My suggestion would be to get set up with a test set or analog phone on your lines at the demarc so that any line can be accessed at the same time the phone system is using the line. Then make and receive calls on the phone system until you get one with poor quality. Note which line you are on, and access it with the analog phone. Keep the call going with the analog phone and hang up the call on the system and see if the quality improves or remains the same.
Take care, Rich
God bless the USA
Reply to
Rich Piehl
Surely someone has a butt set and can test the lines at the demark. Make several calls out on each line, if they are all clear, then its your equipment or wiring. BTW , RJ-11 is a jack and not wiring.
Reply to
IBNFSHN
Start by identifying WHICH of your 4 lines the problem occurs on. Do your phones have individual buttone for each of the lines? Are they the same across all phones? If so, log which line has the problem, when, incoming or outgoing, who is being called, which extension is being used. Some pattern will show up.
If you don't have individual line buttons, but rather make your calls by dialing 9 and then the outbound number, do you have a display to indicate which "trunk" you are calling on? Again, if so, log your results and look for a pattern.
If you determine that the problem only happens on line 3 (for example), swap line 3 and line 2 at the control unit and see if the problem moves from line 3 to 2, and if so you have pinpointed the telco as the problem. If the problem remains on line 3, then you have a problem with the control unit.
Good luck!
Reply to
Touch Tone Tommy
We had this problem at an installation. We instructed the client to log the bad calls showing the date, time, extension, and outgoing trunk (each CO line had an appearance on the sets.) We immediately saw a pattern -- all the bad calls involved CO line 6. When we went to the phone closet, we found that the alarm people came in and hardwired (instead of the usual RJ-31X) a defective alarm line interrupter onto line 6.
Reply to
Someone
"CHANGE USERNAME TO westes" wrote in message news: snipped-for-privacy@giganews.com...
I read some other followups , all with good info, but they didn't say one important thing. Just because the telco says the lines are good, doesn't mean they should not be looked at for problems. The telco (in my case, SBC), the left hand don't know what the right hand's doing.
Last week the users had a Xerox document station that could send, but couldn't receive faxes. The sent a field tech out (you know, team xerox!) and he put his $4.98 test phone on the line and it could call out but it didn't ring. So he called our helpdesk to get one of us to check it out.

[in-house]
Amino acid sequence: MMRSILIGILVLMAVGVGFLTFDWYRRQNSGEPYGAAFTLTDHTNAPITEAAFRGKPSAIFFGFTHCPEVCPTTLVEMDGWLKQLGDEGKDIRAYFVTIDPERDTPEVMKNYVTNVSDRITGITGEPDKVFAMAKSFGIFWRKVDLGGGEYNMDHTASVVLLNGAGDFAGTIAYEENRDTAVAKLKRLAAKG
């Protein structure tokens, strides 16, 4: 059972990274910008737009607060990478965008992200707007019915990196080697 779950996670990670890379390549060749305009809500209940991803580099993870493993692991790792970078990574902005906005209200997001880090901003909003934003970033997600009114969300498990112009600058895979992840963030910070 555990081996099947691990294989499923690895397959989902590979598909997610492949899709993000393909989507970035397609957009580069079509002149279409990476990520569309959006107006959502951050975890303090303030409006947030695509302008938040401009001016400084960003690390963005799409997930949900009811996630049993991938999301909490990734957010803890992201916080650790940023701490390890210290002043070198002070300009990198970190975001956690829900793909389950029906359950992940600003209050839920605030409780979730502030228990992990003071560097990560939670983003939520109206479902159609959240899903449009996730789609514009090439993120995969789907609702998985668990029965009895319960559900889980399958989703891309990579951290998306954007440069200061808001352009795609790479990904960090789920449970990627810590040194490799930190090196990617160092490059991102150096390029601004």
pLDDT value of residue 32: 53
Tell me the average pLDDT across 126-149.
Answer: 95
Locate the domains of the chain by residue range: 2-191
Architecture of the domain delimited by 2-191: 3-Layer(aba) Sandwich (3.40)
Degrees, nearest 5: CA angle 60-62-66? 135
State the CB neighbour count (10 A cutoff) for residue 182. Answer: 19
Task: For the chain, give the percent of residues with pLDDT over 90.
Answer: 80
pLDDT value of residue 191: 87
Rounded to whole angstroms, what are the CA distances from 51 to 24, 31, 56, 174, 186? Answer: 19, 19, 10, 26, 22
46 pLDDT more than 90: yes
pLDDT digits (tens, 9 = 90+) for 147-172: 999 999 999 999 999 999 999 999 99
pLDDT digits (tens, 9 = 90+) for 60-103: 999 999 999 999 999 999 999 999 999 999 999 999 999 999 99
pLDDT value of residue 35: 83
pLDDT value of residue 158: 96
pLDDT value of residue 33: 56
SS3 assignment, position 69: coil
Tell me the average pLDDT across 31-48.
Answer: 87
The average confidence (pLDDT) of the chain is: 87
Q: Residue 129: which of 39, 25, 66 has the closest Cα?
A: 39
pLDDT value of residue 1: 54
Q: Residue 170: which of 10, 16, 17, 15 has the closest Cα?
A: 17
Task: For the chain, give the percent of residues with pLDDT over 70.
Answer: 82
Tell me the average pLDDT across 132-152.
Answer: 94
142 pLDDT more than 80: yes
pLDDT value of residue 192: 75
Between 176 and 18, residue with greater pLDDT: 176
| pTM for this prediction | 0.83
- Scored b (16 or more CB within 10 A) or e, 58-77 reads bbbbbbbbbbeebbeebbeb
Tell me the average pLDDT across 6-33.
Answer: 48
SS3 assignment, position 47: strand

Well, I got there and tried it with my buttset and it wouldn't ring either. So I knew what the problem was, the pair gain equipment had a bad card in it for that line. The card couldn't send out enough ringer current to do the job.
We called it in, and the telco guy showed up a few hours later. He put his buttset on he line at the MPOE and I called him on my cellphone. He got the BRRRRRP when it rang, but no tinkle. He was puzzled, cause dial tone was okay. He was going to tell me that there was nothing wrong, but I explained to him what I thought the problem was, and he decided to check it out further. So he called his boss and had him call the number back. See, he didn't trust my cell phone call, he wanted a real landline call (as if that would make any difference!). When the same thing happened, BRRRRP but, as I pointed out, no real tinkle ring on his buttset, he began to believe there was a problem with the line. I believe if I hadn't insisted that there was a problem with the pair gain equipment, he would have tried to convince me that there really was not a problem, and walked away. From his perspective, he had no experience with that problem and had doubts that it was a telco line problem, since it's very rare that the central office can deliver dial tone but can't deliver ringer current.
So he got back to us later, and said he had cut the pair to a good pair, and that he'd fixed the problem. But there's a good chance that if I had not had experience with this kind of problem, he would have tried to convince me that the problem was with my equipment, not the telco's.
directly to
Reply to
Watson A.Name - "Watt Sun, th
hardwired
Those alarm compoanies can be a real pain in the butt. Last week I had to disconnect one analog line at the MPOE, and when I walked back into the room, that damn alarm console on the wall was beeping, and displaying "check phone line 2" or somethimng like that. Bitch. So okay, I went back out after awhile and reconnected the line, so it would SHUT UP! Sheesh! :-S
Reply to
Watson A.Name - "Watt Sun, th
How interesting. Yes, many of the techs on tier one don't know all that much beyond the basic copper pair coming from the CO. Sometimes if a customer has done their own troubleshooting they'll actually take the time to listen and fix it right the first time.
It really is a shame that the ILEC's are retiring off the guys who actually know what they're doing. We'll have to live with sub-par service for a few years until the new batch of field people learn all the things that can go wrong.
In your case - you now have a slightly more educated service tech. Other customers, were they to know your perseverance in the matter would thank you for it if they only knew you challenged ILED SOP and won.
Reply to
Tony P.
Yeah, its a real pisser when a piece of alarm hardware that needs dial tone to notify the authorities that a fire is burning in the building and everyone is dead of smoke inhalation gets pissy about being deprived of said dial tone. You should have just hit "Command-4" to silence the beeper.
Reply to
Touch Tone Tommy